I want to share an exhibition I saw recently that blew me away: the Paula Rego retrospective at Tate Britain in London. Paula Rego is a household name, but this exhibition was a revelation for me. I urge you to go – it runs until 24 October!
Rego was born in Lisbon in 1935, when the country was under a fascist dictatorship that lasted until 1974. That context has had a profound influence on Rego’s work, inspiring her to focus on the abuse of power, particularly concerning women’s rights and abortion rights. At the age of 16, she was sent to live in England and the following year she began studying painting at the Slade (1952-56). She still lives in London.
I love that Rego is a painter of women’s stories and the experience of being a woman. Her works are huge, colourful and arresting. She is supremely gifted at bringing her subjects’ characters and emotions to life. You feel their pain, fear, defiance, strength, independence, vulnerability and sexual desires. What Germaine Greer said of her work in 1988 is bang on: “It is not often given to women to recognise themselves in painting, still less to see their private world, their dreams, the insides of their heads, projected on such a scale and so immodestly, with such depth and colour.”
The pieces I found particularly striking (in no particular order) include a series of large, painterly pastels depicting women who have just undergone backstreet abortions, which Rego created in response to Portugal’s failed abortion referendum in 1998 (image 2). These works are credited with contributing to the success of the second referendum, which saw abortion fully legalised in 2007. They are brutal, visceral and heartbreaking works. Rego didn’t start using pastels till the 90s, but they suit the subject matter perfectly (“the stick is fiercer, much more aggressive” than the brush, she has said).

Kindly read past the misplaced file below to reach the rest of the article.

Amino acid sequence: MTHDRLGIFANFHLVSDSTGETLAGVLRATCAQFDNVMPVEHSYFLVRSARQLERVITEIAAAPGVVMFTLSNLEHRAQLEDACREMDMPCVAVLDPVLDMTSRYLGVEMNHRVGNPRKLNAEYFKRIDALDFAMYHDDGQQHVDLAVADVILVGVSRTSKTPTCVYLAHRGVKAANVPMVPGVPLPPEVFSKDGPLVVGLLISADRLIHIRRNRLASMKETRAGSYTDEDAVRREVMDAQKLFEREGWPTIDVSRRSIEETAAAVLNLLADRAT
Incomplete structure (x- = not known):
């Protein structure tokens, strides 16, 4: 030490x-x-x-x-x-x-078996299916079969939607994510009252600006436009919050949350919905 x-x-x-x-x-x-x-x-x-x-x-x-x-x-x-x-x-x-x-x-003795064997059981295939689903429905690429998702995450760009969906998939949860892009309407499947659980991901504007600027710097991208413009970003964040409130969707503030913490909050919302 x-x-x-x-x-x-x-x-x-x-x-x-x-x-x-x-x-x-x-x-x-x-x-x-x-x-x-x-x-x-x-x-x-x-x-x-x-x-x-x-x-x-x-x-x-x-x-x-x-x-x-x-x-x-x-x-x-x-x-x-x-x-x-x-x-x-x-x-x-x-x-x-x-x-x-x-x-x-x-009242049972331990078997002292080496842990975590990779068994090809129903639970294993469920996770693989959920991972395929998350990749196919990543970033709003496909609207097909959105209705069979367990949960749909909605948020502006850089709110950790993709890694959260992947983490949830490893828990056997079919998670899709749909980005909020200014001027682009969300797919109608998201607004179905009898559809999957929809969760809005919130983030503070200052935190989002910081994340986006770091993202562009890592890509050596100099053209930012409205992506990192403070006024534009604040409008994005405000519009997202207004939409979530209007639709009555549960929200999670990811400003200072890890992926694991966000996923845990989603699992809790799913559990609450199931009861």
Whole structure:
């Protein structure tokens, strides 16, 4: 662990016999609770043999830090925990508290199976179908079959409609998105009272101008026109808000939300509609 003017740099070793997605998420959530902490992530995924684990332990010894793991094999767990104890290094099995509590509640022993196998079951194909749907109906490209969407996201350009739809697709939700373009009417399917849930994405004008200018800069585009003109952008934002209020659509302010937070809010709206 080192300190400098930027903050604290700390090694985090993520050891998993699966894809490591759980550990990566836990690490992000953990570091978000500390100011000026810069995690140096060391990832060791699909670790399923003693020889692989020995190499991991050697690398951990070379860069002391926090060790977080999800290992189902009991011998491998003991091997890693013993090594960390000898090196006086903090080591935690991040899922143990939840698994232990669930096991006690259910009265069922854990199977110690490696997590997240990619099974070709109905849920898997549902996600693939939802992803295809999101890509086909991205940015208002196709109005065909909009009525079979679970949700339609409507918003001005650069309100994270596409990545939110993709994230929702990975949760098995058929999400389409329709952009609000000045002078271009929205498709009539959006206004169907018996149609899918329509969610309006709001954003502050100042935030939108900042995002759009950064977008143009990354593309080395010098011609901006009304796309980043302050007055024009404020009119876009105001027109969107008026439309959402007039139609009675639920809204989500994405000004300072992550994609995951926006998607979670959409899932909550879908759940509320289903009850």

There’s an intimate, immersive room of tender pastel portraits of a woman in different positions on a couch (Possession, 2004 – image 3), inspired by late 19th-century photographs of medical lectures showing women diagnosed with “hysteria” and by Rego’s own experience of depression and therapy (the couch in the pictures belonged to her own therapist).
I also loved the beautiful collage-based works from Rego’s early career (1960s and 70s) that continue the Surrealist practice of assembling disparate elements to create new images (I’ve been a big fan of Surrealism since university when I wrote my final dissertation on two women artists associated with the movement – Leonora Carrington and Remedios Varo). The collages were made by cutting up her drawings, gluing them on paper and adding layers of paint and other drawings, and inspired by “caricature, newspaper articles, street events, proverbs, children’s songs, wheel dances, nightmares, wishes, fears” (image 5).
In the 1980s Rego’s practice shifted to bold, colourful paintings with distinct outlines. In them she explores dark aspects of human relationships, including from her own life, often portraying caricature-like animals to represent people. In her unnerving ‘Girl and a Dog’ series, the dog is thought to symbolise her husband Victor Willing who had multiple sclerosis and was nearing the end of his life (image 4).
Among other wonderful, often unsettling, paintings from that time is The Maids (1987), based on Jean Genet’s 1947 play The Maids, itself based on the real-life case of two Parisian maids who murdered the wife and daughter of the family they worked for (image 1).
Go if you can – you won’t regret it!